The pipeline, for us, is pretty consistent from what it was last year. I think that, if anything, it represented the first quarter, it was more from a processing perspective. You know, we want to make sure we do our diligence, appropriately.

Some of our acquisitions, as you know, come from relationships that have their own timing, not our timing. We don't go and, necessarily, get broker transactions, so that there are specific hard dates for closing. So, we like the environment right now. I think that in the rest of 2014 we're very comfortable with that. And I think the things that are in our pipeline will be very indicative of what we bought the last 18 months.

A Balance Sheet That Can Move the Needle

HTA's leverage at the end of the first quarter was approximately 31%, based on enterprise value. This allows HTA ample liquidity, great balance sheet flexibility - allowing the company to pursue opportunities that meet its discipline criteria for portfolio growth.

During the first quarter, HTA took immediate steps to improve its balance sheet by refinancing a $300 million term loan, which extends maturities by two years, and reducing borrowing costs on the term loan by 35 basis points. With this transaction, HTA has minimal maturity levels in the next three years (less than $10 million maturing in 2014; $74 million maturing in 2015; and $197 million maturing in 2016).

HTA ended the quarter with excellent credit metrics, with debt-to-enterprise value of 31%, one of the lowest in our peer group, and debt-to-proforma EBITDA of 5.3 times. In addition, HTA had over $600 million of liquidity through available cash and its line of credit.

HTA's quarterly cash flow from operations increased by more than $5.5 million, or almost 20%, to $33.5 million. The cash flows are very stable, with very manageable lease rollover in the next several years. Only 23% of leases are expiring in the next three years, which include about 6% for the rest of 2014, including month-to month-leases; 7% in 2015; and 10% in 2016.

As a result of prudent capital management, HTA achieved a credit upgrade from Moody's in December. Moody's upgraded to Baa2 generating interest expense savings of around $2.5 million for 2014.

Institutions Like This Pure Play Brand

As noted above, I purchased shares in HTA a few months ago, and it seems that the "big money" is also placing a bet on HTA. From an ownership perspective, HTA has significantly increased institutional ownership over the last 6 months or so. As per the (Bloomberg) screenshot, HTA's institutional ownership has increased from 43% at 9/30 to over 60% today. This has been driven by an increase in high-quality investors like Vanguard, Cohen and Steers, and Invesco - they are up over 16 million shares since 9/30/13.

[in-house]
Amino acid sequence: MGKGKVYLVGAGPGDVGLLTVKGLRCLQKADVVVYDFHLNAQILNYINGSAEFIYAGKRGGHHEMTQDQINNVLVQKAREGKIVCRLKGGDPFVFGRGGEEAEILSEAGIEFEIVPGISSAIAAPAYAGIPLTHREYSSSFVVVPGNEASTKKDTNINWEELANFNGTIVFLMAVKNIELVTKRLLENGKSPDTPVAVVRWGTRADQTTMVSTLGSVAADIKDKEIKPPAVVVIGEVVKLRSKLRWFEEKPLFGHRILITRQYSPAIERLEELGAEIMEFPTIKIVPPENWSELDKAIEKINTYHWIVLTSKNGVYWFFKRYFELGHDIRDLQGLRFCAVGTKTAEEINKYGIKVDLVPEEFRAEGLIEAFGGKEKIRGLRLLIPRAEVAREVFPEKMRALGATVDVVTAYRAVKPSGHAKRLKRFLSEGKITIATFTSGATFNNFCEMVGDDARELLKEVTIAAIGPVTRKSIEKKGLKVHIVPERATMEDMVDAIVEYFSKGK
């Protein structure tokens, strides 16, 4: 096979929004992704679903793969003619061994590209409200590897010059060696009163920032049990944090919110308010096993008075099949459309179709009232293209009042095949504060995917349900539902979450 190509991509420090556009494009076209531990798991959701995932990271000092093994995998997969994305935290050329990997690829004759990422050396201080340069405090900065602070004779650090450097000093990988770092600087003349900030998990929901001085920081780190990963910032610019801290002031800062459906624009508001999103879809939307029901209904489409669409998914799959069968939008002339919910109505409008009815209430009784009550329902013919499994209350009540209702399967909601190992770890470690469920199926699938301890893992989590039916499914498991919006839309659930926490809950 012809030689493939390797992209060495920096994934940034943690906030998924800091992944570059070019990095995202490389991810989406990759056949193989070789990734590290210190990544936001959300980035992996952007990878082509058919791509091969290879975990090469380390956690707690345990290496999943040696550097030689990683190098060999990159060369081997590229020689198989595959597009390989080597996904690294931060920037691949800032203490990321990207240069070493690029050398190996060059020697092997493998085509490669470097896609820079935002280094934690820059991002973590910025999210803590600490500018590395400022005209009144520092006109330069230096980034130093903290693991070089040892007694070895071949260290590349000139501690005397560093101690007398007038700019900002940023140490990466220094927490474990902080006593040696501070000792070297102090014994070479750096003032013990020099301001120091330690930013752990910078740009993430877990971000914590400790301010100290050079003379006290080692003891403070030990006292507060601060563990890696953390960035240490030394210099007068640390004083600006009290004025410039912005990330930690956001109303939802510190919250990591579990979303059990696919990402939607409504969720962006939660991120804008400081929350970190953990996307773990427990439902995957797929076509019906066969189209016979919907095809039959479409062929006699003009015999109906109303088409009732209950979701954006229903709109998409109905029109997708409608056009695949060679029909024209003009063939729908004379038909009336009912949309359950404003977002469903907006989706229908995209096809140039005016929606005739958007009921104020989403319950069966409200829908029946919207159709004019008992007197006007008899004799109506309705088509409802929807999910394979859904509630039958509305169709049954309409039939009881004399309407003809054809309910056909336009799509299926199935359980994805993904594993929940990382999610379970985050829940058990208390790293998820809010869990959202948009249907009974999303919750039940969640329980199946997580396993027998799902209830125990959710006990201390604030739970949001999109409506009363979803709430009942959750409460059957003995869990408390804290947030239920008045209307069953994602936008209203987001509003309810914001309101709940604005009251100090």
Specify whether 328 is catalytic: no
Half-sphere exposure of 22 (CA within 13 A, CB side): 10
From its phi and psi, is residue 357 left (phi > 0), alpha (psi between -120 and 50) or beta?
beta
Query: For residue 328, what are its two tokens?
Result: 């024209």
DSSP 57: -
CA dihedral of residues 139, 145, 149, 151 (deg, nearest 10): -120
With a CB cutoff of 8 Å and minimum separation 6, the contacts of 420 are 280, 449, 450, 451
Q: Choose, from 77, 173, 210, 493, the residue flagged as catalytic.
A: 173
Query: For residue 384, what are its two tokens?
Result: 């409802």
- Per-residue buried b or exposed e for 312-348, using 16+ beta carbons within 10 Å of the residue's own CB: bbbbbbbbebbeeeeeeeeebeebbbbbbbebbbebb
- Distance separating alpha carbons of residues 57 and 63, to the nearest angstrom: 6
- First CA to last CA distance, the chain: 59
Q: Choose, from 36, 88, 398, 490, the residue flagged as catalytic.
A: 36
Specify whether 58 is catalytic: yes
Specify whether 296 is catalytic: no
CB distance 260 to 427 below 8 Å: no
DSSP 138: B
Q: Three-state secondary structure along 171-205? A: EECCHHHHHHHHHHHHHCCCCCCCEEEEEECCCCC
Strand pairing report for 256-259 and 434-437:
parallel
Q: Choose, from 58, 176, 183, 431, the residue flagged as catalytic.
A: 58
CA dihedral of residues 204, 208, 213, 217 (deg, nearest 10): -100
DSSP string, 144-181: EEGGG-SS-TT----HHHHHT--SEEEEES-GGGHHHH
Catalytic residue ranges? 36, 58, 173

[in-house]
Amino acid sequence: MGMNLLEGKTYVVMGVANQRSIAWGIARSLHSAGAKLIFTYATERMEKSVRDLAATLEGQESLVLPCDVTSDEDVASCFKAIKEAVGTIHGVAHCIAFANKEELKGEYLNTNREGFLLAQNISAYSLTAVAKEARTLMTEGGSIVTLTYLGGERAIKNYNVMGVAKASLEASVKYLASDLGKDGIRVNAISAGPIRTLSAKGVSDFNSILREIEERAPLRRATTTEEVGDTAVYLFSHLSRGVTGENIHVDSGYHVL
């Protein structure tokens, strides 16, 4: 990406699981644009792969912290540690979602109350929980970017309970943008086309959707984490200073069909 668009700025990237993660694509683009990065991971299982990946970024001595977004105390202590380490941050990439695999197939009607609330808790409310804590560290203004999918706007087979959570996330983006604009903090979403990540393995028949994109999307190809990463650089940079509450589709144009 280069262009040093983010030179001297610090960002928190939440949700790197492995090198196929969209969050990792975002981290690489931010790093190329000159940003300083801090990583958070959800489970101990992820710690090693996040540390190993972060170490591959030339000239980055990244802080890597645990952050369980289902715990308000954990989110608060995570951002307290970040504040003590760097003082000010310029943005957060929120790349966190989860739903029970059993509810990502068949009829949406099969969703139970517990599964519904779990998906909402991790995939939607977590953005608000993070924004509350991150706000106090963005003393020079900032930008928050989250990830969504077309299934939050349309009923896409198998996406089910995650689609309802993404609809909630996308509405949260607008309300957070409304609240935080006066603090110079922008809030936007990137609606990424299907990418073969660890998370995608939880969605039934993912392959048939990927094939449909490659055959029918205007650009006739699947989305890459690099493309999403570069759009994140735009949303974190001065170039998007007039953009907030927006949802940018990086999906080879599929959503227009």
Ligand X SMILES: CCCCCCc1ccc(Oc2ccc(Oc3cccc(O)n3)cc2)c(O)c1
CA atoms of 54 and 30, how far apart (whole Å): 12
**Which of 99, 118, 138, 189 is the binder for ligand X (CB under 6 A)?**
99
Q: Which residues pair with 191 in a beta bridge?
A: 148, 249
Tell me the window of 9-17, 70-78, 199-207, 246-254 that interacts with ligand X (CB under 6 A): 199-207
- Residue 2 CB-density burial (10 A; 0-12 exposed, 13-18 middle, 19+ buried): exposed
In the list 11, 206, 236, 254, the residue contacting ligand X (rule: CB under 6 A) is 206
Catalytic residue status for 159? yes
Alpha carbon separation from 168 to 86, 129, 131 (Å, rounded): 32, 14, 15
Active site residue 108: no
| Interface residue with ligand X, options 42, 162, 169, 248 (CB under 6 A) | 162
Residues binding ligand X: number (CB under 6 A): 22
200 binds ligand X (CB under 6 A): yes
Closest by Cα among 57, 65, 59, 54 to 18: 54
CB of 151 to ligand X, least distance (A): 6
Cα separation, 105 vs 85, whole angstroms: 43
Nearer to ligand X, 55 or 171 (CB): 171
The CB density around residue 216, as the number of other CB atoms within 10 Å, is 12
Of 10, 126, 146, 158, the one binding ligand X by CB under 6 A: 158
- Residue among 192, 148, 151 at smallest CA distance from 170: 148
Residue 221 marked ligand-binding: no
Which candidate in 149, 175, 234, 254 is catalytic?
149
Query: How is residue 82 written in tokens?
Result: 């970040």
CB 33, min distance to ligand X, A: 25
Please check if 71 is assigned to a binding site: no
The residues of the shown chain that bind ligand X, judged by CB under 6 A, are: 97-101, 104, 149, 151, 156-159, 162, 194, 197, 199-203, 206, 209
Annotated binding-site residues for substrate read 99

It's clear that institutional investors are warming up to the "pure play" health care asset class in which there is a wide universe of over $250 billion of MOBs. HTA is a "small fish" in the pond, but there is a tremendous opportunity for consolidation in the highly fragmented arena. As a "pure play" REIT, HTA is certain to benefit from the favorable supply and demand characteristics that allow the company to be a cost-effective landlord of choice.

But HTA Has Not Raised the Dividend

It's true, HTA has not raised its dividend since going public. The quarterly dividend is $.1438.

I'm pleased with my entry price and my going-in yield of around 5.5%. HTA's current dividend yield is 4.83%.

Compared with other healthcare REITs, HTA is in the lower 1/3 of the peer group. That's another sign that HTA should increase its dividend in the future. The FFO growth and payout ratio warrant an increase.

Clearly, HTA can produce meaningful growth (acquisitions of $200 million to $300 million annually), and based upon the steady 3% same-store growth, I expect to see a dividend increase. I was hoping to get one (a dividend increase) this quarter, but I'm content with the strong share price growth over the last few months. In fact, HTA is trading at the higher end of the peer group (with a P/FFO of 16.4x), and that's another indication that the market believes in the "pure play" MOB model.

Of course, HTA is not the only healthcare REIT that I own, and in fact, HTA is my best-performing healthcare REIT so far this year.

In summary, I think the snow is still coming down for HTA - my best-performing healthcare REIT so far in 2014. At $11.91, I'm not adding more, but I'm satisfied with the latest results. HTA is a "pure play" bet that's paying off, and I believe the price could hit $13.00 - especially "when" there's a dividend increase. Given the fact that HTA has the strongest same-store performance of the ("MOB") peer group, it's clear that there is true value in a dedicated "pure play" brand. (HCP and HCN have not reported Q1-14 yet so I used Q4-13 data. Also, VTR is MOB only data).

So as I conclude this HTA Q1-14 update, perhaps it's appropriate to use another famous line from Shakespeare. Of course, I'll direct this towards the most important thing missing from HTA's latest earnings call, I think you'll know what I mean:

To be, or not to be, that is the question.

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Source: SNL Financial and HTA Investor Presentation.


Disclaimer: This article is intended to provide information to interested parties. As I have no knowledge of individual investor circumstances, goals, and/or portfolio concentration or diversification, readers are expected to complete their own due diligence before purchasing any stocks mentioned or recommended.

Disclosure: I am long O, DLR, VTR, HTA, STAG, UMH, CSG, GPT, ARCP, ROIC, MPW, HCN, OHI, LXP, KIM, WPC. I wrote this article myself, and it expresses my own opinions. I am not receiving compensation for it (other than from Seeking Alpha). I have no business relationship with any company whose stock is mentioned in this article.